The Canadian comes from a Karate background and it can be seen in his stance and movement. He throws a variety of kicks along with decent combinations and has 7 wins coming by way of knockout. Despite his earth shattering debut, Jimmo has built a reputation on being a point fighter.
O’Connell does have 7 wins by knockout which suggest he has some power, but in the limit footage that does exist he doesn’t appear to do anything overly flashy. In fact, he appears more focussed on throwing a quick combo and then pushing forward to tie his opponent up. He does have 3 submission wins, with his most recent coming back in early 2010.
While he is taking this fight on short notice, the American should be in shape considering he was preparing for a bout in just a few weeks. That being said, he is still preparing to fight in the biggest organization in the world against the toughest opponent of his career. This can have a significant impact on a fighters performance. Additionally, Jimmo’s style can present a unique and difficult front to attack which will give O’Connell fits. The UFC newcomer has been knocked out twice and Jimmo does have power so my prediction is Ryan Jimmo to defeat Sean O’Connell by knockout.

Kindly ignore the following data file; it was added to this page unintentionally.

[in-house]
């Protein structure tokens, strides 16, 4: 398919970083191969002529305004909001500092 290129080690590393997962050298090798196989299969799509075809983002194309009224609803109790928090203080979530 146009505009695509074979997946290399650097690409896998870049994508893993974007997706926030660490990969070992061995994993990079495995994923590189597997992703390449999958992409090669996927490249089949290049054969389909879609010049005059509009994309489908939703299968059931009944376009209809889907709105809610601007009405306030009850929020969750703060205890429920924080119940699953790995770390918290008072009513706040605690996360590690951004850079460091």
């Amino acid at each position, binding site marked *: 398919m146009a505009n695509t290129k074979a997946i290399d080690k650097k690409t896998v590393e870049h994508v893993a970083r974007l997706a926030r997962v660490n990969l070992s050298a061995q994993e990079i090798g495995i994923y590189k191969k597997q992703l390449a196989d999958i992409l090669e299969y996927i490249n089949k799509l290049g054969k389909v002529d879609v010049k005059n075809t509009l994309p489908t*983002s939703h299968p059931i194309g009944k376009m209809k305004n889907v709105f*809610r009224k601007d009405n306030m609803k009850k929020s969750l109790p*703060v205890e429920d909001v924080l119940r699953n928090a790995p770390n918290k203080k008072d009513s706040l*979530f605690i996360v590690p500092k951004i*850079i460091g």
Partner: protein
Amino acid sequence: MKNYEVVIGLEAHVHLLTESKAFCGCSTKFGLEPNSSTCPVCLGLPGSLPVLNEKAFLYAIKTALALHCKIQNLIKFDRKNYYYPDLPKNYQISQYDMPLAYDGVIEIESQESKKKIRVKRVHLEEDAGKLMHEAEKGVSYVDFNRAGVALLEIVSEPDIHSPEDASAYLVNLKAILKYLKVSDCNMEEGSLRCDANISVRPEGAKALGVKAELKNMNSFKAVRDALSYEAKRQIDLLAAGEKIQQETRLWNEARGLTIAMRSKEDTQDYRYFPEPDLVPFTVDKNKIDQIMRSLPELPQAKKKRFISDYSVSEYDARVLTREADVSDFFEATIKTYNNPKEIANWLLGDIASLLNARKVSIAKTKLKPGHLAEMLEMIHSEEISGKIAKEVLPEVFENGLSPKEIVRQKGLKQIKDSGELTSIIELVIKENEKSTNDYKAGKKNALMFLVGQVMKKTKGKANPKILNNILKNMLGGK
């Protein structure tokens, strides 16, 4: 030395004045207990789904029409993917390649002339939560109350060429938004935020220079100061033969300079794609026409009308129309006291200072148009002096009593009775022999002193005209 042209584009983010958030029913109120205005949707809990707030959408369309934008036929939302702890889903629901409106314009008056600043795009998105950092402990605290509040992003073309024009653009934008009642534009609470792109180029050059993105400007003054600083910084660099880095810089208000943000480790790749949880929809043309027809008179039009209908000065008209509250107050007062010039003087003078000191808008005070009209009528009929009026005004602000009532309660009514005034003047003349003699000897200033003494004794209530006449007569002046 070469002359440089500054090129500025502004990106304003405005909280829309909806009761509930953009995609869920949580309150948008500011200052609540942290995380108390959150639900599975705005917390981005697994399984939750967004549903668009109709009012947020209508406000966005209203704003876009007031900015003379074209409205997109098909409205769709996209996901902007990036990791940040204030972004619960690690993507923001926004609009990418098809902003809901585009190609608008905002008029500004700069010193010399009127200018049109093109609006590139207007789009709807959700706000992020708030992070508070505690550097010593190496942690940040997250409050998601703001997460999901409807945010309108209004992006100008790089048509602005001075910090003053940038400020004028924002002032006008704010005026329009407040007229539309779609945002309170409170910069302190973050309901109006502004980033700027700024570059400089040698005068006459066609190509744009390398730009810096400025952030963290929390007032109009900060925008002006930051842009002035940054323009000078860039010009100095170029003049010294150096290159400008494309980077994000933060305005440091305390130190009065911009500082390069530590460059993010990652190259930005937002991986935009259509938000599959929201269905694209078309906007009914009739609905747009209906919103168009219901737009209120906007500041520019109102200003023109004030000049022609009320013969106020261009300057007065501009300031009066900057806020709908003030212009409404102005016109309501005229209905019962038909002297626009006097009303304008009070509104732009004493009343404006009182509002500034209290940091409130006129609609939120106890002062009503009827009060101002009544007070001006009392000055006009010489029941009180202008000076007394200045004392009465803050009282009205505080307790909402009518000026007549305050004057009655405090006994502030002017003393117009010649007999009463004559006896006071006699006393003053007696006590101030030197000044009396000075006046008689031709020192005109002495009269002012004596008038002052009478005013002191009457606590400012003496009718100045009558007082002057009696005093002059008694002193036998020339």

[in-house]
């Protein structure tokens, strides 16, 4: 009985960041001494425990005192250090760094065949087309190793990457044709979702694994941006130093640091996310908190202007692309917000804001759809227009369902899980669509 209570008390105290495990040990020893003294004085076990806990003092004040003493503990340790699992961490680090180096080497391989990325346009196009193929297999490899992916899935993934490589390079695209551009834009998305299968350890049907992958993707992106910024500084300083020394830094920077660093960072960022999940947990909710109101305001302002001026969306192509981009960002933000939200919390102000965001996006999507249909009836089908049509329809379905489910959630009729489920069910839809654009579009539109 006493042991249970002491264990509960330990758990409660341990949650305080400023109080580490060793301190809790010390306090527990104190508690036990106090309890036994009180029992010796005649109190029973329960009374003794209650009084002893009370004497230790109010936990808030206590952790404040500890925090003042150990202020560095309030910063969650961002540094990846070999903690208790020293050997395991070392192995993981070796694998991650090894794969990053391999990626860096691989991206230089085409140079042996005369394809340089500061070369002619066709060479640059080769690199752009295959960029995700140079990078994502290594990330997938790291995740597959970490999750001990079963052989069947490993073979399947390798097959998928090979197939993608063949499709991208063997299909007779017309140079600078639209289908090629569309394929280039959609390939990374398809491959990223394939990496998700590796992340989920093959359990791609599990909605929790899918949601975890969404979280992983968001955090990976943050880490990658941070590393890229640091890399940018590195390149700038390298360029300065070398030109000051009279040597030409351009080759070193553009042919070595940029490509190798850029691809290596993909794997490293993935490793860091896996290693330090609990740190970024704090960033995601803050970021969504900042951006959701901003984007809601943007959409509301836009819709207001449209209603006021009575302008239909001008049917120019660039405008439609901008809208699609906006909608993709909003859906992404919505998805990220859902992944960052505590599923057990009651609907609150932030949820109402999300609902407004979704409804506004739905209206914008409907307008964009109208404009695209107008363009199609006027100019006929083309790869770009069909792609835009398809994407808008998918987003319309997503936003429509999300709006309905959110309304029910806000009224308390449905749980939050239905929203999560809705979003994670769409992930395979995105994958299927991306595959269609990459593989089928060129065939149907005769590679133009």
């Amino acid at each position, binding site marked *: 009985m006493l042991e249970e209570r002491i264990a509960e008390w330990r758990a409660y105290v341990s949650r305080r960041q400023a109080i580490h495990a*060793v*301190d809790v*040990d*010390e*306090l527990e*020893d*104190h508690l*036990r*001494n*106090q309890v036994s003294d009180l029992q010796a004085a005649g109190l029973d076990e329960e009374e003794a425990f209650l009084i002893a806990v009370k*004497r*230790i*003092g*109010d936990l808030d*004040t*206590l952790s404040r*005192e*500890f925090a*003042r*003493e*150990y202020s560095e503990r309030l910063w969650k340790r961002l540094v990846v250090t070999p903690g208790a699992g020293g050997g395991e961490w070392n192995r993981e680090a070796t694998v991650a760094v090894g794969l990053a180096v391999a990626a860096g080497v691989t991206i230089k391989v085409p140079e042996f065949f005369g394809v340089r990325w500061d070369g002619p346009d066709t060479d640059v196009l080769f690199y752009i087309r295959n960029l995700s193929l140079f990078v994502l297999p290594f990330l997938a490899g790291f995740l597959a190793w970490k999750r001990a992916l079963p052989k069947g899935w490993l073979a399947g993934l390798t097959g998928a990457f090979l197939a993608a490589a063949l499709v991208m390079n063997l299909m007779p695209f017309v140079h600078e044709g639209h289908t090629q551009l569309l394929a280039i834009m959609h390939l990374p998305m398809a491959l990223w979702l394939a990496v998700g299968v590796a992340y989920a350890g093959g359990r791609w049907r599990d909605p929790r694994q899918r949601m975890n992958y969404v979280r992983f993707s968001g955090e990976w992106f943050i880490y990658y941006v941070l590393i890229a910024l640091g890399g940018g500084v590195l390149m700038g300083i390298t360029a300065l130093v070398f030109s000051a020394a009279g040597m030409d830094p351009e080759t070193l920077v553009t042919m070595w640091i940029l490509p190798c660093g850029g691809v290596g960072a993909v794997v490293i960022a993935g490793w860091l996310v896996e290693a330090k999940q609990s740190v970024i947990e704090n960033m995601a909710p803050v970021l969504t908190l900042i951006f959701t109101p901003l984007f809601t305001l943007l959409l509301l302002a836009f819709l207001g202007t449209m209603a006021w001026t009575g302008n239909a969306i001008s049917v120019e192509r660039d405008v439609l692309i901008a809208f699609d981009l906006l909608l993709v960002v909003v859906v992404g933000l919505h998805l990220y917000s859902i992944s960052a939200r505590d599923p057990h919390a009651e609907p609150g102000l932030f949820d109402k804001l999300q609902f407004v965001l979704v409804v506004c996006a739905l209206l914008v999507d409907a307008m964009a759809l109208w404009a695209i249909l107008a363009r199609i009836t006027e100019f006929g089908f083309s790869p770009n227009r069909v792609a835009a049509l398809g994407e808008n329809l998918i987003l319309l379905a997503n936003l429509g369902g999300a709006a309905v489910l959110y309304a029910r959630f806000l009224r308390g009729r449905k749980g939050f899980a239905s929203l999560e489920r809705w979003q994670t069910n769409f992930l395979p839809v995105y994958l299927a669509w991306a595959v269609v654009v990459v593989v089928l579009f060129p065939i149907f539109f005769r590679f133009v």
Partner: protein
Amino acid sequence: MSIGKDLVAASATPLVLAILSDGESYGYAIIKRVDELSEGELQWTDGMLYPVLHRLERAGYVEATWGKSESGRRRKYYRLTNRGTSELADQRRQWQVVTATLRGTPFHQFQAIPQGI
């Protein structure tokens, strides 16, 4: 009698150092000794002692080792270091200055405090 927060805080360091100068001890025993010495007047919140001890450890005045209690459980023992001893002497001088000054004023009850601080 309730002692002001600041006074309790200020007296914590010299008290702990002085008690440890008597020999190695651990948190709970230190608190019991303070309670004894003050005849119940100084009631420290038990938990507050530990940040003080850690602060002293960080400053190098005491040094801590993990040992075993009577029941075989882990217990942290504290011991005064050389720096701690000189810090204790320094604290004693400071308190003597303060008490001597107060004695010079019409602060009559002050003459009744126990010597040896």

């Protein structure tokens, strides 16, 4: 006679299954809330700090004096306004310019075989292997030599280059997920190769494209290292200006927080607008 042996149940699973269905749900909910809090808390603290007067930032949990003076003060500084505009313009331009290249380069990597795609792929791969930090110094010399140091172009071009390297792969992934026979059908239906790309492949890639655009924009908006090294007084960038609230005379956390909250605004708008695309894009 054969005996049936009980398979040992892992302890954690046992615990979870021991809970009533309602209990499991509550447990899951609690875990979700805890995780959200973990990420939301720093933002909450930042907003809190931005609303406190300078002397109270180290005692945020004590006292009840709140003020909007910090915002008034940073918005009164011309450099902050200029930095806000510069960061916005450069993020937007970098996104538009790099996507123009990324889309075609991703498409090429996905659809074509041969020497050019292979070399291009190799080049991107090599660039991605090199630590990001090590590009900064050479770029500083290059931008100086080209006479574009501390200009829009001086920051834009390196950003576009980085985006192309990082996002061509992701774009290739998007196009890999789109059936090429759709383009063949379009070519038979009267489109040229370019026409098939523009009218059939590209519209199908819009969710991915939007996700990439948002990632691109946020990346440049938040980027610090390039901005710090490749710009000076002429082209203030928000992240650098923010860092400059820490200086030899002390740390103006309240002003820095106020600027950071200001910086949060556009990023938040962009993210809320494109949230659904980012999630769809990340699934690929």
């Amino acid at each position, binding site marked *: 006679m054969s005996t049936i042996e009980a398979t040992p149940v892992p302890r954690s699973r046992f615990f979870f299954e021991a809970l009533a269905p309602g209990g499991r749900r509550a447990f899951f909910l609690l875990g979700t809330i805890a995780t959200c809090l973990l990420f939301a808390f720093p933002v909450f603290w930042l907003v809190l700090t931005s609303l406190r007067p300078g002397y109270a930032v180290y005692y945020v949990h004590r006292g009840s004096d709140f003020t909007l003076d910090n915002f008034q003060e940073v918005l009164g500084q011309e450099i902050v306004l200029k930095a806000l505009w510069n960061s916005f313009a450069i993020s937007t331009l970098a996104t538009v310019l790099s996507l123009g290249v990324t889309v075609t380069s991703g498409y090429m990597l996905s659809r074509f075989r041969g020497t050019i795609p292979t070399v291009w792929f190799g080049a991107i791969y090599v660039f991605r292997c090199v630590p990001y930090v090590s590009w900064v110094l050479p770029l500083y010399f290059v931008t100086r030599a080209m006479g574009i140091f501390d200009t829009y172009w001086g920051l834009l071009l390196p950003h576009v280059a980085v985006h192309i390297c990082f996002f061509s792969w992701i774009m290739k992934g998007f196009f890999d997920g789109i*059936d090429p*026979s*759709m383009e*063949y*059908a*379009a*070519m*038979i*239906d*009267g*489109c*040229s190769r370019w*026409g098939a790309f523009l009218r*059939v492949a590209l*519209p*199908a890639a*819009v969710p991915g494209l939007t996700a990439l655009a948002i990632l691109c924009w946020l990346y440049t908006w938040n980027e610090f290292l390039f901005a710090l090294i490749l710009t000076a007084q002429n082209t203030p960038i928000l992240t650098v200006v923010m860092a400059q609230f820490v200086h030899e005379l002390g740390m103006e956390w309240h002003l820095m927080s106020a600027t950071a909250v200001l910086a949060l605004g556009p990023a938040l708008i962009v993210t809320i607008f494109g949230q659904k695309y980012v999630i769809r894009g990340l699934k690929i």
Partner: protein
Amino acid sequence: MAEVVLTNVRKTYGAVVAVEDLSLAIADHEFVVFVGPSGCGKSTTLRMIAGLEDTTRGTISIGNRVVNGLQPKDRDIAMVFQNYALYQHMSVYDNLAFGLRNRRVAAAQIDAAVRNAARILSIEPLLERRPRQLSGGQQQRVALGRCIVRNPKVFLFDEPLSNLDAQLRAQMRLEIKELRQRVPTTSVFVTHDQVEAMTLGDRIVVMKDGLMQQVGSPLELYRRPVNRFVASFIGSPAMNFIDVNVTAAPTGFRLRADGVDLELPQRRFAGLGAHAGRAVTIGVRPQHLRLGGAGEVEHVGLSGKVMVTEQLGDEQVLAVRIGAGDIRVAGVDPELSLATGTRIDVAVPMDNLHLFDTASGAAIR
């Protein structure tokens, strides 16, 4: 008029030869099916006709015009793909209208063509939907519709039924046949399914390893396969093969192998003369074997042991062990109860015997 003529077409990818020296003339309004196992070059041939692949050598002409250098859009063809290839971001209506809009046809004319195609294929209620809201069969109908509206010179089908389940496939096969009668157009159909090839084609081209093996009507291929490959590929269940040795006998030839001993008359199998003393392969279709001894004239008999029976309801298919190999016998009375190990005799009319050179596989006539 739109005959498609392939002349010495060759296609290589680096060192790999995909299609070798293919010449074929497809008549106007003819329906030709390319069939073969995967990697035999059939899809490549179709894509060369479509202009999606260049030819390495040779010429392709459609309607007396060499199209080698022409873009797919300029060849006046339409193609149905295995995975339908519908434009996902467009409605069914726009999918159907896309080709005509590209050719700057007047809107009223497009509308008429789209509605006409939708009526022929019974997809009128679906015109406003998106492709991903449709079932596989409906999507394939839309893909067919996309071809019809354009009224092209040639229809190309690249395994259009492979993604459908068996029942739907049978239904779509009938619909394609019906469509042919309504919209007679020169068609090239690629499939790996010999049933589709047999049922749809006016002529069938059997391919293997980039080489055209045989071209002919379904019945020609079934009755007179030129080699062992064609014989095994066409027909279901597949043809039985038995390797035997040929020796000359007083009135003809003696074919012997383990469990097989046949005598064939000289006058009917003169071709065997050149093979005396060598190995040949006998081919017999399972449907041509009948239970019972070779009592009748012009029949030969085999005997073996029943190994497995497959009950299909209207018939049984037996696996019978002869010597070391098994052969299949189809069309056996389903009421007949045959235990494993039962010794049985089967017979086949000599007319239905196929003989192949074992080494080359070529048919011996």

135lbs- George Roop (14-11-1) vs Dustin Kimura (12-1-0)
In the Bantamweight division, George Roop battles prospect on the rise- Dustin Kimura. Roop has won 2 of his last 3 since cutting to 135 pounds, but is coming off of a knockout against Francisco Rivera. Kimura picked up a win in his last outing, after suffering the first defeat of his young career.
Physically, as is almost always the case with Roop at 135, George will have a length advantage. He will stand 6” taller and have a 4” reach advantage.
Kimura has won 8 of his 11 victories by submission, including his debut against Chico Camus. He also has 2 knockout wins, giving him a 91% finishing rate. Conversely, Roop has been stopped in 7 of his 10 career defeats- 3 knockouts and 4 submissions. He also has an even split of subs and knockouts totalling 8 wins highlighted by the upset knockout of Brian Bowles.
Kimura is a good grappler, with mediocre wrestling. In 3 UFC appearances, he has unsuccessfully attempted 1 takedown, while getting put on his back once in each fight. Despite these disproportionate numbers, he has 2 UFC subs on the books.